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Bone Sharps,
Cowboys, and
Thunder Lizards

I don’t buy a lot of graphic novels anymore. They’re to the point where they are just a little too expensive and there’s too much stuff that I’d like to buy that if I started that floodgate, it’d never close. So, on a visit to a comic shop yesterday, I saw something that caught my eye and pretty much forced me to buy it. It’s a comic retelling of one of the most interesting times in paleontology and the classic feud between Edward Drinker Cope and Othniel Charles March.

Who, I hear you asking, and why are they in a graphic novel?

The who is easy. Cope and Marsh were probably the leading figures in paleontology before 1900 and they both hated each other and made furious claims against one another over the years they were competing for fossils and journal space. They were both colorful characters with friends, and respectful enemies, who ranged from P.T. Barnum and U.S. Grant to Chief Red Cloud and Buffalo Bill Cody. The story pushes them all into view, despite the fact that they probably played nothing more than a sidelight role in the feud (and all the facts and deviations from fact are carefully annotated in the back of the book).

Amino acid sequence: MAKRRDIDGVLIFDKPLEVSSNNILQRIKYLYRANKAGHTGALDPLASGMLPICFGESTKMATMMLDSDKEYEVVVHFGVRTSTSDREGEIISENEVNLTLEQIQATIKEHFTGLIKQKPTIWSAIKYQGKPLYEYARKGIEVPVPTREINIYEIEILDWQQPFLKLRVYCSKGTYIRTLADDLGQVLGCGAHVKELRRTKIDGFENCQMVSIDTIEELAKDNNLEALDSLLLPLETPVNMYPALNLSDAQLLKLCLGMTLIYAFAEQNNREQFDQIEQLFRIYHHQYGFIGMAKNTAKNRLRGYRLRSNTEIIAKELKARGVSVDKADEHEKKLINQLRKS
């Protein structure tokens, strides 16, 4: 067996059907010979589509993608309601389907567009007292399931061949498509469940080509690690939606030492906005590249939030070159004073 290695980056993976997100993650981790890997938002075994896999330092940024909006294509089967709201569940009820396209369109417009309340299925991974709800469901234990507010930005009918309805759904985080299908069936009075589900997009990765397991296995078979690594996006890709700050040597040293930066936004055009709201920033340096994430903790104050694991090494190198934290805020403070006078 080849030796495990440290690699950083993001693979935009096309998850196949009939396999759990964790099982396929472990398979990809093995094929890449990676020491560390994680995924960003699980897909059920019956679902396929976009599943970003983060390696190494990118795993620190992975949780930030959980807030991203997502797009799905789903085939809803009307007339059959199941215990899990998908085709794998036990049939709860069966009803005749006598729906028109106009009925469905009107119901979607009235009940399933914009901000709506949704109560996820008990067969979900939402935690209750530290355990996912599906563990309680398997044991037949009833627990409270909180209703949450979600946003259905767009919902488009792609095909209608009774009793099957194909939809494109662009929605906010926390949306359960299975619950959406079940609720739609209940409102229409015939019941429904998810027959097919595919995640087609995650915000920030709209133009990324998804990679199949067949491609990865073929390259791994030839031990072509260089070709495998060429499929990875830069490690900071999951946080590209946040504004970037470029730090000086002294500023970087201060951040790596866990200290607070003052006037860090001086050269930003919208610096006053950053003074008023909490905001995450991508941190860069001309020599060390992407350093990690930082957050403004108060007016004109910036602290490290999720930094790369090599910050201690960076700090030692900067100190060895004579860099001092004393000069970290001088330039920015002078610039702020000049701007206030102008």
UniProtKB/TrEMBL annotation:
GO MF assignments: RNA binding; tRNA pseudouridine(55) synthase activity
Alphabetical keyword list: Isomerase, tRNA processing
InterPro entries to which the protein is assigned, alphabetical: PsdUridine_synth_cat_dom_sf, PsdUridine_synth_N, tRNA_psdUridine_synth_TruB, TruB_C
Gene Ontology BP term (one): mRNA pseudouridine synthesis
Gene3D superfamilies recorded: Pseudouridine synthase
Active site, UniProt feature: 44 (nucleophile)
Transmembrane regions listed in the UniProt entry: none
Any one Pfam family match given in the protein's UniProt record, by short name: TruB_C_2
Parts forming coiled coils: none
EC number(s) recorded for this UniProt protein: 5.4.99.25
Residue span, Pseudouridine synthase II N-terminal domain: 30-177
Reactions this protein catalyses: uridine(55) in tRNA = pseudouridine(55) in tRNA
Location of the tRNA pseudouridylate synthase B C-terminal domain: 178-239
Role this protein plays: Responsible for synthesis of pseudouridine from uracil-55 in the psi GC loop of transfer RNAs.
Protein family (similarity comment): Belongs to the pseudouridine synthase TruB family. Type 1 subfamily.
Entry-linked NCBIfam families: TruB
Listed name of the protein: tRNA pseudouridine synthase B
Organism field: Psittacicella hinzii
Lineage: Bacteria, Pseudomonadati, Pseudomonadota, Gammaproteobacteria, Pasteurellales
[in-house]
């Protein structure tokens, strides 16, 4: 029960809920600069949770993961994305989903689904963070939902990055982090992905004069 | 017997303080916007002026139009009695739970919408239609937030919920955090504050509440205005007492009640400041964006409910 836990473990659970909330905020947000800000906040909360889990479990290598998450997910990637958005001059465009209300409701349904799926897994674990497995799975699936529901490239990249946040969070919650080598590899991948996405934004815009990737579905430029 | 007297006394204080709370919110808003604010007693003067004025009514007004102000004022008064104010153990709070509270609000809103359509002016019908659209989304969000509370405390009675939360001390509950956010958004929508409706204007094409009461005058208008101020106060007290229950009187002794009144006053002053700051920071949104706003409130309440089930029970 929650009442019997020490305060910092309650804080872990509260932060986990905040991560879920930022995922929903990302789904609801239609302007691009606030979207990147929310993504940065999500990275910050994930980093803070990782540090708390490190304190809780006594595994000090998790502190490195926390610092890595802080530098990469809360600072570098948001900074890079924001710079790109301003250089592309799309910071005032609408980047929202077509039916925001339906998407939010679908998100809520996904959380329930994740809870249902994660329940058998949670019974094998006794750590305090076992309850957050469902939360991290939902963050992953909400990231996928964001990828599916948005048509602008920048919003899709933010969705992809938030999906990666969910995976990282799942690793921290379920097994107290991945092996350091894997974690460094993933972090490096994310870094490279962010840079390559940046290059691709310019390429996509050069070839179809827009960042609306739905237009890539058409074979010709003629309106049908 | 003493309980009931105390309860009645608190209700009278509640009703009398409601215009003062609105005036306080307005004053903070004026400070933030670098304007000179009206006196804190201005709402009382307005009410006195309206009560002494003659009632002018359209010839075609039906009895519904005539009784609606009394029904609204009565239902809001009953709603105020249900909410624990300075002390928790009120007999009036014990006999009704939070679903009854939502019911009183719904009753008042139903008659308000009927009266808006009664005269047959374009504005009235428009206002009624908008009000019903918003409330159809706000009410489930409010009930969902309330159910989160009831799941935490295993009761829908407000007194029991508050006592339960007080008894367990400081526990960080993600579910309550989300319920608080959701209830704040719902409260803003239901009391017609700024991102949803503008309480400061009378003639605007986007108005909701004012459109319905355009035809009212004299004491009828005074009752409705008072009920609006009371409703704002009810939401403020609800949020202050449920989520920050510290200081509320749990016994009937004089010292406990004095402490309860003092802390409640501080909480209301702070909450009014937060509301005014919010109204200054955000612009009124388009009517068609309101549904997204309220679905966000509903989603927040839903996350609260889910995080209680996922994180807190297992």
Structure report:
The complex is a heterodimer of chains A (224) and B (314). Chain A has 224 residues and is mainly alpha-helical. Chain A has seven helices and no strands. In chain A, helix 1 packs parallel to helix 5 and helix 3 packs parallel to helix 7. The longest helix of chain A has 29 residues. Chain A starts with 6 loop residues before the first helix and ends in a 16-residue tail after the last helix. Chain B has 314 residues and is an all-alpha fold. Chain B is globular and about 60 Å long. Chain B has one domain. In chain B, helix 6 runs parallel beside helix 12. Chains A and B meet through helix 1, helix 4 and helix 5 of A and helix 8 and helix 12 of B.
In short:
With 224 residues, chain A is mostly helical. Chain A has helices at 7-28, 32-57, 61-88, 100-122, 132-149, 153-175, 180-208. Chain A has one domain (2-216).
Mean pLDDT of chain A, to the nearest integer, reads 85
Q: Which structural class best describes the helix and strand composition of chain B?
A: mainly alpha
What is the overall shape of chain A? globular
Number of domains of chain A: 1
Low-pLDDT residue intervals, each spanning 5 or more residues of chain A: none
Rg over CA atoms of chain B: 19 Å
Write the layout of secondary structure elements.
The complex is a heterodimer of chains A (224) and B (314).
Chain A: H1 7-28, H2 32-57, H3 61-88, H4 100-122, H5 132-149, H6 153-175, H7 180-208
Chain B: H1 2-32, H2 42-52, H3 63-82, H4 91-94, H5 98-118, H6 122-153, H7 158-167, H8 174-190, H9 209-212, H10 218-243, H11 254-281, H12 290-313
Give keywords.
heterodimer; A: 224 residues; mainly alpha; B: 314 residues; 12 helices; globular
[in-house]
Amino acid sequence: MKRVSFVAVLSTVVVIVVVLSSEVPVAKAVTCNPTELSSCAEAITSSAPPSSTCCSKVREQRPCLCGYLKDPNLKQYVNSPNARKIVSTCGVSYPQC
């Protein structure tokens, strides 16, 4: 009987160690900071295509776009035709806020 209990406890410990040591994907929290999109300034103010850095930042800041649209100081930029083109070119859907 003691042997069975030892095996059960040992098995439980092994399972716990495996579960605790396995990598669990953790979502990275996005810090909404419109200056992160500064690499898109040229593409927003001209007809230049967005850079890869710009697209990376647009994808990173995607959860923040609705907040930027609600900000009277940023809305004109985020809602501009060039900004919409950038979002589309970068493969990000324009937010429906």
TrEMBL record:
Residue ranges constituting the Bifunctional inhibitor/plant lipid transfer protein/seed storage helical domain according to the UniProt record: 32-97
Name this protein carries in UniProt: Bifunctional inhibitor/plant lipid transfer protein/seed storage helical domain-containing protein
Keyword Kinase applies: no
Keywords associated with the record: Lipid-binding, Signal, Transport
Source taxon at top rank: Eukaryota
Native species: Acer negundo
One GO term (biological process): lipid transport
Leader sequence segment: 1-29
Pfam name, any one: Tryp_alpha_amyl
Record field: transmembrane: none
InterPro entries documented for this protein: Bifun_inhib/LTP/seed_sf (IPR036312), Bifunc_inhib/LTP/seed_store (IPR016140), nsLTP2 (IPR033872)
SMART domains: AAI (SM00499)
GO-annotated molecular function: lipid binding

The why is slightly harder. There’s a long tradition of historical fiction in graphic novels, with the Big Books by Paradox Press and Rick Geary’s A Treasury of Victorian Murder series. GT Labs is specializing in doing comics about science and scientists. They are an amazing specialty nook and they put out great work like Suspended in Language (about Niels Bohr) and Fallout (about Oppenheimer). The books are amazingly researched and brilliantly drawn. It’s academia that doesn’t feel academic.

That’s probably because the story of Cope and Marsh feels so much more like a real fight than a battle of scholastic wills. As the saying goes, the battles are fierce because the stakes are so low. I can’t really think of a comic that better presents the battle between two individuals and their respective philosophies.

Cope is made out to be the more sympathetic of the two, with Marsh as the evil, connected villain. Cope slowly loses his grasp on the world and it’s so sad to see how the unethical (at least as presented in the work) Marsh tries to destroy him.

If you like historical fiction, you’ll adore Bone Sharps. If you like strong interpersonal struggle comics, you’ll love Bone Sharps. If you like 19th Century stories of science, you’ll love Bone Sharps.

Just go out and buy it, because if you like graphic novels at all, and quite possibly if you don’t, you’ll love Bone Sharps, Cowboys and Thurder Lizards.

Bone Sharps, Cowboys, and Thunder Lizards: A Tale of Edward Drinker Cope, Othniel Charles Marsh, and the Gilded Age of Paleontology

Chris Garcia

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